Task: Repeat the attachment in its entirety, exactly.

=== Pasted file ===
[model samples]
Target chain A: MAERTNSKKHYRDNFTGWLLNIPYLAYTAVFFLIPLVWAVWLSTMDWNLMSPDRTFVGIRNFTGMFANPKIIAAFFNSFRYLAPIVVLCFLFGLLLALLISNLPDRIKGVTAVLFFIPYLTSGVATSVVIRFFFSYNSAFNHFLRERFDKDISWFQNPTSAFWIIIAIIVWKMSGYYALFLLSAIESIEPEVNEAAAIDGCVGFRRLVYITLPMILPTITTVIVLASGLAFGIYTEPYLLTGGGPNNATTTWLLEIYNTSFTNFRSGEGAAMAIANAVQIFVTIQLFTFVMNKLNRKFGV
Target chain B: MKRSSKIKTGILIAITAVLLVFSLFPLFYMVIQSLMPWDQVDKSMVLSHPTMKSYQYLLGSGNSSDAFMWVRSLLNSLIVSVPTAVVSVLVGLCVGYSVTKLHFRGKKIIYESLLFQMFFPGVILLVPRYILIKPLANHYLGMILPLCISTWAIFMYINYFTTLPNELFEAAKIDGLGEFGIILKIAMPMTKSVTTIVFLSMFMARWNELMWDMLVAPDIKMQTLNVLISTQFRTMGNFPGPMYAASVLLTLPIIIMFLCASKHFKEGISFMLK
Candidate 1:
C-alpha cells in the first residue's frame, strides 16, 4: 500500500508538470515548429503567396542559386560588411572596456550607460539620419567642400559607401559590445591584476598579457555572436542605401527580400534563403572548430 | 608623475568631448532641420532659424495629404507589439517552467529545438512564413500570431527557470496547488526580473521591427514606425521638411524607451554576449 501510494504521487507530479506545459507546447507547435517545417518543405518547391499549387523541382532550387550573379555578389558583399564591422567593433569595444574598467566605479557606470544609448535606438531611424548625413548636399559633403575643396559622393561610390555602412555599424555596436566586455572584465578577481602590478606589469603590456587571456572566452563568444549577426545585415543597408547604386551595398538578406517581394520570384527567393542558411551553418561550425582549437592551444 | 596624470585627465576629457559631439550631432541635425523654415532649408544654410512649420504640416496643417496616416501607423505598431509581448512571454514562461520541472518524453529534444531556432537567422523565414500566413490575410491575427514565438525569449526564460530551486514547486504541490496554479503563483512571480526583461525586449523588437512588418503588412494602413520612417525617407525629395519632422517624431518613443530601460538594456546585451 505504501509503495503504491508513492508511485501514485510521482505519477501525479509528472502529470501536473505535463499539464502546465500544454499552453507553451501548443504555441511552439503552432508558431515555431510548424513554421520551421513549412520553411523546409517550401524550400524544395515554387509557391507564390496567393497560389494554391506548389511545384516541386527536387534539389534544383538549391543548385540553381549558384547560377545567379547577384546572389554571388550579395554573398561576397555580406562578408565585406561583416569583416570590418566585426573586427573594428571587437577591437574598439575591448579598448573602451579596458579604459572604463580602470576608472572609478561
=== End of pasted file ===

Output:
[model samples]
Target chain A: MAERTNSKKHYRDNFTGWLLNIPYLAYTAVFFLIPLVWAVWLSTMDWNLMSPDRTFVGIRNFTGMFANPKIIAAFFNSFRYLAPIVVLCFLFGLLLALLISNLPDRIKGVTAVLFFIPYLTSGVATSVVIRFFFSYNSAFNHFLRERFDKDISWFQNPTSAFWIIIAIIVWKMSGYYALFLLSAIESIEPEVNEAAAIDGCVGFRRLVYITLPMILPTITTVIVLASGLAFGIYTEPYLLTGGGPNNATTTWLLEIYNTSFTNFRSGEGAAMAIANAVQIFVTIQLFTFVMNKLNRKFGV
Target chain B: MKRSSKIKTGILIAITAVLLVFSLFPLFYMVIQSLMPWDQVDKSMVLSHPTMKSYQYLLGSGNSSDAFMWVRSLLNSLIVSVPTAVVSVLVGLCVGYSVTKLHFRGKKIIYESLLFQMFFPGVILLVPRYILIKPLANHYLGMILPLCISTWAIFMYINYFTTLPNELFEAAKIDGLGEFGIILKIAMPMTKSVTTIVFLSMFMARWNELMWDMLVAPDIKMQTLNVLISTQFRTMGNFPGPMYAASVLLTLPIIIMFLCASKHFKEGISFMLK
Candidate 1:
C-alpha cells in the first residue's frame, strides 16, 4: 500500500508538470515548429503567396542559386560588411572596456550607460539620419567642400559607401559590445591584476598579457555572436542605401527580400534563403572548430 | 608623475568631448532641420532659424495629404507589439517552467529545438512564413500570431527557470496547488526580473521591427514606425521638411524607451554576449 501510494504521487507530479506545459507546447507547435517545417518543405518547391499549387523541382532550387550573379555578389558583399564591422567593433569595444574598467566605479557606470544609448535606438531611424548625413548636399559633403575643396559622393561610390555602412555599424555596436566586455572584465578577481602590478606589469603590456587571456572566452563568444549577426545585415543597408547604386551595398538578406517581394520570384527567393542558411551553418561550425582549437592551444 | 596624470585627465576629457559631439550631432541635425523654415532649408544654410512649420504640416496643417496616416501607423505598431509581448512571454514562461520541472518524453529534444531556432537567422523565414500566413490575410491575427514565438525569449526564460530551486514547486504541490496554479503563483512571480526583461525586449523588437512588418503588412494602413520612417525617407525629395519632422517624431518613443530601460538594456546585451 505504501509503495503504491508513492508511485501514485510521482505519477501525479509528472502529470501536473505535463499539464502546465500544454499552453507553451501548443504555441511552439503552432508558431515555431510548424513554421520551421513549412520553411523546409517550401524550400524544395515554387509557391507564390496567393497560389494554391506548389511545384516541386527536387534539389534544383538549391543548385540553381549558384547560377545567379547577384546572389554571388550579395554573398561576397555580406562578408565585406561583416569583416570590418566585426573586427573594428571587437577591437574598439575591448579598448573602451579596458579604459572604463580602470576608472572609478561